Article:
• This could also lead to mold forming behind the shower enclosures.

Leaky Taps

  • Not only annoying, but these are important to repair ASAP. Even a slow leak can dramatically increase your water bill.

Leaky Hot Water Tanks

  • Long-term leaking causes damage to nearby walls & carpets. This is also a known sign that the life of the water tank is ready to expire. You won’t want to foot that bill in your new home!

Furnace Cracks & Flame

  • Furnace cracks can lead to gas emissions leaking into the home. Rust and white dust deposits are also red flags.
  • When looking at the flame itself, it should always be blue. Red or orange flames do not indicate a properly functioning furnace.
  • Pull the filter. If it’s dirty, this may be a sign of low to poor maintenance, which is causing the furnace to work harder than normal.

Water Damage On Baseboards

  • Look for this in the basement, especially. Water marks or white chalky residue are both signs of water damage.
  • Smell or evidence of mold and mildew are also signs of long-term dampness in the basement, or any exterior walls. Black mold & mildew can cause severe respiratory issues.

3. Cosmetic Red Flags

Ceiling Stains

  • A sure indicator of leaks somewhere…

General Poor Maintenance

  • Evidence of poor maintenance on the exterior or interior of the home may be cause for concern. Even a car needs a tune-up once in a while to keep it running smoothly. A house is no different. Furnace cleaning, carpet cleaning, etc., are all needed to maintain a healthy environment in which to raise a family.

Fresh Paint

  • …on only one wall. Okay. Fresh paint is great, and in fact, sellers should repaint high-traffic areas of the home before selling. However, if you notice random freshly-painted areas, they may indicate the seller is trying to hide something, if the purpose of the repaint is not totally obvious…

New Carpets & Baseboards

  • Again, usually a positive, because sellers are encouraged to do renovations like this to increase the appeal of the home. Of course, there are always instances where new carpets/baseboards have been installed in an effort to hide previous water damage, especially in basements. Buyer beware!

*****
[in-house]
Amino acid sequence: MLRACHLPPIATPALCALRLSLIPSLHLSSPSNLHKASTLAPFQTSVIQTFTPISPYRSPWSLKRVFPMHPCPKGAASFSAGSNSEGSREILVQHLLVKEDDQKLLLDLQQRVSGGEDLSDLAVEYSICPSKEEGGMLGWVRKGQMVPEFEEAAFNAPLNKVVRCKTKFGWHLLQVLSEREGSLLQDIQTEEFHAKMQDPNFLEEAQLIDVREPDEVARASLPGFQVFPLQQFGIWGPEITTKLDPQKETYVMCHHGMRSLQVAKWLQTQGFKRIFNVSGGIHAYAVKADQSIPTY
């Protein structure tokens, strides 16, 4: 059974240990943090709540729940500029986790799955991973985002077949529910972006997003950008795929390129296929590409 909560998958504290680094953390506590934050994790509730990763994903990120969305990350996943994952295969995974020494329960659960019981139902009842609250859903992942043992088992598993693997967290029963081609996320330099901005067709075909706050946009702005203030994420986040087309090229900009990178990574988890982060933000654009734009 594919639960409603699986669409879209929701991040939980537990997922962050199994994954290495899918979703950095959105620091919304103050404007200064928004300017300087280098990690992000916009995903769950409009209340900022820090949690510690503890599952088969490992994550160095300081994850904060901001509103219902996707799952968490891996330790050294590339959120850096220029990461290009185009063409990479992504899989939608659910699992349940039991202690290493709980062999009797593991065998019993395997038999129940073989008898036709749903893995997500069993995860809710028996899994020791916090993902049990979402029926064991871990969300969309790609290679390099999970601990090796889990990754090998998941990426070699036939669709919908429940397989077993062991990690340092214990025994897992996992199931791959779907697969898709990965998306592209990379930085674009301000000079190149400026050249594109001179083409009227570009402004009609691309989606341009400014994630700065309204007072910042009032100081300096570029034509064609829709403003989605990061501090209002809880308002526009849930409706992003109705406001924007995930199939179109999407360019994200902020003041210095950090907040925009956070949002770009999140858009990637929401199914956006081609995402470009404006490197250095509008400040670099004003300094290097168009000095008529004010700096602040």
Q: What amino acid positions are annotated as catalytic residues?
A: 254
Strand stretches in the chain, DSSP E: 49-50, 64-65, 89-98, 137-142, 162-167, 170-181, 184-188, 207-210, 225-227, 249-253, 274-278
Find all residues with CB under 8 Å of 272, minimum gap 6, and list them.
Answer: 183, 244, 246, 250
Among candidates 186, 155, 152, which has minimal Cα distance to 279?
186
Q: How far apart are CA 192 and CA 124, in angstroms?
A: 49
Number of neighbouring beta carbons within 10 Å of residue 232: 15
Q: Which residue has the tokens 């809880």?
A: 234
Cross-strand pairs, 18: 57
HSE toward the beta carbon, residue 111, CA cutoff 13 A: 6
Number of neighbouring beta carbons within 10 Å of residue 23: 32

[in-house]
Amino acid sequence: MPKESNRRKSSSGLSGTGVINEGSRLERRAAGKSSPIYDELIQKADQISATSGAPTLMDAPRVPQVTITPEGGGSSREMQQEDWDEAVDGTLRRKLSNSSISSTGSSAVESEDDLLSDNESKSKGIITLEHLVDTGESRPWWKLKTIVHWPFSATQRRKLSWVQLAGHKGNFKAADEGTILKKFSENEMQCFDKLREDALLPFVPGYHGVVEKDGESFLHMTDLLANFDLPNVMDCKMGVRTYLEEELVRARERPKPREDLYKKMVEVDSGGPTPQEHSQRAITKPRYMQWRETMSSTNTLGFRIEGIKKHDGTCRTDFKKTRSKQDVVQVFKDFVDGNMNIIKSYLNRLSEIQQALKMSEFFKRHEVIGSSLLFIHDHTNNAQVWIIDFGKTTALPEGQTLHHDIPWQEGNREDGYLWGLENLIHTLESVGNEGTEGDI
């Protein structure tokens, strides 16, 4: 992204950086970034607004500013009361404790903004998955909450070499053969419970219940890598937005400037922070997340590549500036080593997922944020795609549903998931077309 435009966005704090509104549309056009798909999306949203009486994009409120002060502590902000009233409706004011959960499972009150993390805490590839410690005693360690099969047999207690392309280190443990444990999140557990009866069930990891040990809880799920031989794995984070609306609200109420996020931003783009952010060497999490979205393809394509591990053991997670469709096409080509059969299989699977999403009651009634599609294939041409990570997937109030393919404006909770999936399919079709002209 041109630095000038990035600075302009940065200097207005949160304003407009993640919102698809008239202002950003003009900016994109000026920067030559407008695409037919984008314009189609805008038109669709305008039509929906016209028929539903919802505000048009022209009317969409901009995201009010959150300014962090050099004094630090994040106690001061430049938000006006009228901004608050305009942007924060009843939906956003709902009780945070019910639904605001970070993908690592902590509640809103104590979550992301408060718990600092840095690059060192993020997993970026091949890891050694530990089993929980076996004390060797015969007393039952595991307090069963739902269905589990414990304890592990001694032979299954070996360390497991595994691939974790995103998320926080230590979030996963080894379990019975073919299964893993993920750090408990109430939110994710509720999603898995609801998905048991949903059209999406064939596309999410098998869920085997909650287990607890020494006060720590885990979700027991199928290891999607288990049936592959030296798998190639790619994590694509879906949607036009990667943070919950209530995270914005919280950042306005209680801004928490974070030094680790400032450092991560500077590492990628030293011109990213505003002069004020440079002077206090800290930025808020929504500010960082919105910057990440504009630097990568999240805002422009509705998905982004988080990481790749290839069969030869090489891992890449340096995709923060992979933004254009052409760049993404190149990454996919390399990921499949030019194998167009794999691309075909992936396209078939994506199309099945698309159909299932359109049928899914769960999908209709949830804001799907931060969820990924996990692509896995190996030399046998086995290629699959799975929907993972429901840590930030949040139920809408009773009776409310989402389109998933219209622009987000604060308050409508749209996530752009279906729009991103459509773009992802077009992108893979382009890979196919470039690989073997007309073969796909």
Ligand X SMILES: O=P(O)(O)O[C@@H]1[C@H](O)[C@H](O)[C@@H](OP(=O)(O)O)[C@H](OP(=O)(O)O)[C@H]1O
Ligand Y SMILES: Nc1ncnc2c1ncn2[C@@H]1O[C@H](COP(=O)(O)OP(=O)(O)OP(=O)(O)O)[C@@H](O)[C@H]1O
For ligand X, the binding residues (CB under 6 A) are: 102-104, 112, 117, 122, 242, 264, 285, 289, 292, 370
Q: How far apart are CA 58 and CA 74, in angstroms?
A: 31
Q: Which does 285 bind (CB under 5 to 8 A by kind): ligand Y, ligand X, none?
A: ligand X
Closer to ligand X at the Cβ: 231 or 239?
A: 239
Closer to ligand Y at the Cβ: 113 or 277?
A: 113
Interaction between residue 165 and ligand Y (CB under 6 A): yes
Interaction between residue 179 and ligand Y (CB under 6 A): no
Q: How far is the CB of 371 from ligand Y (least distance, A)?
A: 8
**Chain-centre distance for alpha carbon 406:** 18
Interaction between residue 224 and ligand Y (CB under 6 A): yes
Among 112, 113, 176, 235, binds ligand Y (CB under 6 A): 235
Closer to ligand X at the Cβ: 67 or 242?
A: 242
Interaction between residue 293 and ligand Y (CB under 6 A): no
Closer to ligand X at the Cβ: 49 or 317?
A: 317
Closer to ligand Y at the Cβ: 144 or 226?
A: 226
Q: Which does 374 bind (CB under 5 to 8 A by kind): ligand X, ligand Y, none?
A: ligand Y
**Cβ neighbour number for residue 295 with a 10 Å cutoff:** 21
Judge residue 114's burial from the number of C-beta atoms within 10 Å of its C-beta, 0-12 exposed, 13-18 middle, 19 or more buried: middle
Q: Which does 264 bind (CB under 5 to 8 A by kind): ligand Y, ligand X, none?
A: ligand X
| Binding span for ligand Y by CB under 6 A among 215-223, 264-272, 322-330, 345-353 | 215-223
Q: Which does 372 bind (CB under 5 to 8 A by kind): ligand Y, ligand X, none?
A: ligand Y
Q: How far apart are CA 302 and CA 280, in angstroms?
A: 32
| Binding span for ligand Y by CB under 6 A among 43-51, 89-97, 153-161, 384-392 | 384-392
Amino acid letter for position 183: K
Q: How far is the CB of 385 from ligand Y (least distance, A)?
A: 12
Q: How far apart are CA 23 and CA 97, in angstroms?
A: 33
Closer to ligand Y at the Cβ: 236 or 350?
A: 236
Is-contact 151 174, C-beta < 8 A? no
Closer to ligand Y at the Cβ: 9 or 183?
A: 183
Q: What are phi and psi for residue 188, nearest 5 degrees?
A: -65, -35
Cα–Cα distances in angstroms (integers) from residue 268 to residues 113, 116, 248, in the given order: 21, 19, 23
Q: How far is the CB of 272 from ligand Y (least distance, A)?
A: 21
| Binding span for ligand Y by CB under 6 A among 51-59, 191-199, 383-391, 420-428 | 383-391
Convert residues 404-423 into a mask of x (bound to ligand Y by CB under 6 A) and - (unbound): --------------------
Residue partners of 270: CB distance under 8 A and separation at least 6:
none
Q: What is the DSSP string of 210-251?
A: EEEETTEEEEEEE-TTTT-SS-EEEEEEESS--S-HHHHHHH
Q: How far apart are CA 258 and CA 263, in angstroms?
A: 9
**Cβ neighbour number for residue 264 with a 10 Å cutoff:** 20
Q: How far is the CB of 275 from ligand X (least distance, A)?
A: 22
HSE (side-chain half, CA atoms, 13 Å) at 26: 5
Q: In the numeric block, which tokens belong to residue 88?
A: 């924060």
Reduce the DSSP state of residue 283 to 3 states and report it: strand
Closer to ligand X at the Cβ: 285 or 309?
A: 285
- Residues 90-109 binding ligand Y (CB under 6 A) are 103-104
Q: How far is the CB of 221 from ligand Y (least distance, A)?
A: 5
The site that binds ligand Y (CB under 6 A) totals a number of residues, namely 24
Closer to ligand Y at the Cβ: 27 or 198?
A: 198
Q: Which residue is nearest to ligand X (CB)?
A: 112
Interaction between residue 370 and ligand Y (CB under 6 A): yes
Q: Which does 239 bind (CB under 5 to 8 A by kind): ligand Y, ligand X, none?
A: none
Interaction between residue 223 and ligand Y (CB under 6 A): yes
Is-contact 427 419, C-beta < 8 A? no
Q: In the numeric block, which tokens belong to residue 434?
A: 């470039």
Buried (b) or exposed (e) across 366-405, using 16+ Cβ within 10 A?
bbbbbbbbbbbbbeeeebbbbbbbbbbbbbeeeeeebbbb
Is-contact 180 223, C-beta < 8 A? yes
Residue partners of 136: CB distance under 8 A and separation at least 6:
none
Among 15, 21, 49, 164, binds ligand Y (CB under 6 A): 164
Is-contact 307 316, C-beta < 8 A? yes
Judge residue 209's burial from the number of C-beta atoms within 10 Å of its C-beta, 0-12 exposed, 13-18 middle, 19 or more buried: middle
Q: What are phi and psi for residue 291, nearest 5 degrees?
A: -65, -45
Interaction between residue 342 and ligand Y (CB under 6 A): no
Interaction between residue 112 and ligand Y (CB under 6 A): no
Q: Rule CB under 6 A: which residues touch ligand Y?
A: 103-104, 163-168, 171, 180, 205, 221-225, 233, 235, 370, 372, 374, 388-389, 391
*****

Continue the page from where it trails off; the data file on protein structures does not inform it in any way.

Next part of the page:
Extension Cords

  • May indicate a lack of outlets and, possibly, an outdated breaker box.

Pets

  • Pets may leave behind more than a lost toy… Fleas, lice, feces and urine smells are hard to eliminate. Look for signs.

‘Locked’ Doors

  • It goes without saying that closed-off or inaccessible areas of the home may be hiding defects and damages.

Bugs & Rodents

  • Evidence of ants, termites, roaches, mice, or feces are definite red flag issues to address.

Eavestroughs

  • Eavestroughs out of which plants are growing… is a sure sign of poor home maintenance. Dirty gutters should compel you to have a closer look at the roof and possible damage issues.

Smells

  •  Smells good and bad may be a reason to question… what are they trying to hide?

Neighborhood Vandalism

  • …is often missed by homebuyers. Drive up and down the alleys and streets of the neighborhood you wish to live in. Look for vandalism, garbage, storage spaces, graffiti, etc. Smart buyers and For Sale By Owners [FSBOs] ask questions and explore for themselves what is going on in the neighborhood. Talking to neighbors is always a good place to start.

Although the list is quite long, don’t let it discourage you from taking your time to inspect the home you’ve fallen in love with. While the services of Appraisers and Home Inspectors can be used to conduct a thorough investigation of these elements, whether as a seller or buyer, this is simply a guide to help you along the way. Knowledge is power, and the more knowledge you have, the better equipped you’ll be to buy or sell real estate.

As a buyer, using this list as a guide may help you decide if you wish to proceed to the next step of writing an offer, or eliminating a home from your wish list. If you do proceed with buying a home, regardless of where it is or if it’s a private For Sale By Owner, you need to know its true condition. Always get a Professional Home Inspection done. Knowing for sure what you are getting yourself into can save thousands of dollars in unexpected repairs in the future.

For more on buying, check out the Canadian Home Find Buyer’s Guide … and save yourself thousands in costly mistakes!

Categories: Buyers